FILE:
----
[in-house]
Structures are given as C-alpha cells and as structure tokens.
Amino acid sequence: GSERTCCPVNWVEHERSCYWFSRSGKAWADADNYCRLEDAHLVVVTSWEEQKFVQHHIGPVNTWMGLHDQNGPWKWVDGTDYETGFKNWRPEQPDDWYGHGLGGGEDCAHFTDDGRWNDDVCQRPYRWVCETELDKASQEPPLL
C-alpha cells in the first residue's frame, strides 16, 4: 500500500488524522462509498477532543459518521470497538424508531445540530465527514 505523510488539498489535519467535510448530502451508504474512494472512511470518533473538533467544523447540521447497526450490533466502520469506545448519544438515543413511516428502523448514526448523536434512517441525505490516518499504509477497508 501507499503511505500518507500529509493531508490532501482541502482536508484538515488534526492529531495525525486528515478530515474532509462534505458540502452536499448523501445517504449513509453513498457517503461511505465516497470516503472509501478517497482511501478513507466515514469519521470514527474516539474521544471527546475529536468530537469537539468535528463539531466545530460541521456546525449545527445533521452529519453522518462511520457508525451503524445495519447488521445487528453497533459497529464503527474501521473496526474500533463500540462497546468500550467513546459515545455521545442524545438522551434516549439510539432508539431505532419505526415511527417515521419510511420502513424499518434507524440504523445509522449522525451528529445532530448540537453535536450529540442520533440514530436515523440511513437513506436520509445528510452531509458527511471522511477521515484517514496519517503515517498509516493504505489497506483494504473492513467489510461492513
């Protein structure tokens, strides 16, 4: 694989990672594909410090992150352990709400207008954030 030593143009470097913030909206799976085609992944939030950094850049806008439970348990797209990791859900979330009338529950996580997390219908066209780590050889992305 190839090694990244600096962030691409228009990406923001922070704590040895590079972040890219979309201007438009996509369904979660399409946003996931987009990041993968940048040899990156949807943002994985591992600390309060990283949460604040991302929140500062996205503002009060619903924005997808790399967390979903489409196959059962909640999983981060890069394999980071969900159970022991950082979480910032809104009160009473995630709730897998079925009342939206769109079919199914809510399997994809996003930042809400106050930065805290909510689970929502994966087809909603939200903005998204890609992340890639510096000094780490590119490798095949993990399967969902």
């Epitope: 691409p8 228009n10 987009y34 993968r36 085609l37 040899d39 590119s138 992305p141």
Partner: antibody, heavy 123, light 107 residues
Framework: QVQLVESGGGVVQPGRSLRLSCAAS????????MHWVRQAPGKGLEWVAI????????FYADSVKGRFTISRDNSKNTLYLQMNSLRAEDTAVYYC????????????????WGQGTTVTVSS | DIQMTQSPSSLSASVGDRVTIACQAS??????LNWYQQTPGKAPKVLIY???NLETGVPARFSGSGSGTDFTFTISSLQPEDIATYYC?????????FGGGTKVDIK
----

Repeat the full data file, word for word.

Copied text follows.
[in-house]
Structures are given as C-alpha cells and as structure tokens.
Amino acid sequence: GSERTCCPVNWVEHERSCYWFSRSGKAWADADNYCRLEDAHLVVVTSWEEQKFVQHHIGPVNTWMGLHDQNGPWKWVDGTDYETGFKNWRPEQPDDWYGHGLGGGEDCAHFTDDGRWNDDVCQRPYRWVCETELDKASQEPPLL
C-alpha cells in the first residue's frame, strides 16, 4: 500500500488524522462509498477532543459518521470497538424508531445540530465527514 505523510488539498489535519467535510448530502451508504474512494472512511470518533473538533467544523447540521447497526450490533466502520469506545448519544438515543413511516428502523448514526448523536434512517441525505490516518499504509477497508 501507499503511505500518507500529509493531508490532501482541502482536508484538515488534526492529531495525525486528515478530515474532509462534505458540502452536499448523501445517504449513509453513498457517503461511505465516497470516503472509501478517497482511501478513507466515514469519521470514527474516539474521544471527546475529536468530537469537539468535528463539531466545530460541521456546525449545527445533521452529519453522518462511520457508525451503524445495519447488521445487528453497533459497529464503527474501521473496526474500533463500540462497546468500550467513546459515545455521545442524545438522551434516549439510539432508539431505532419505526415511527417515521419510511420502513424499518434507524440504523445509522449522525451528529445532530448540537453535536450529540442520533440514530436515523440511513437513506436520509445528510452531509458527511471522511477521515484517514496519517503515517498509516493504505489497506483494504473492513467489510461492513
């Protein structure tokens, strides 16, 4: 694989990672594909410090992150352990709400207008954030 030593143009470097913030909206799976085609992944939030950094850049806008439970348990797209990791859900979330009338529950996580997390219908066209780590050889992305 190839090694990244600096962030691409228009990406923001922070704590040895590079972040890219979309201007438009996509369904979660399409946003996931987009990041993968940048040899990156949807943002994985591992600390309060990283949460604040991302929140500062996205503002009060619903924005997808790399967390979903489409196959059962909640999983981060890069394999980071969900159970022991950082979480910032809104009160009473995630709730897998079925009342939206769109079919199914809510399997994809996003930042809400106050930065805290909510689970929502994966087809909603939200903005998204890609992340890639510096000094780490590119490798095949993990399967969902």
């Epitope: 691409p8 228009n10 987009y34 993968r36 085609l37 040899d39 590119s138 992305p141």
Partner: antibody, heavy 123, light 107 residues
Framework: QVQLVESGGGVVQPGRSLRLSCAAS????????MHWVRQAPGKGLEWVAI????????FYADSVKGRFTISRDNSKNTLYLQMNSLRAEDTAVYYC????????????????WGQGTTVTVSS | DIQMTQSPSSLSASVGDRVTIACQAS??????LNWYQQTPGKAPKVLIY???NLETGVPARFSGSGSGTDFTFTISSLQPEDIATYYC?????????FGGGTKVDIK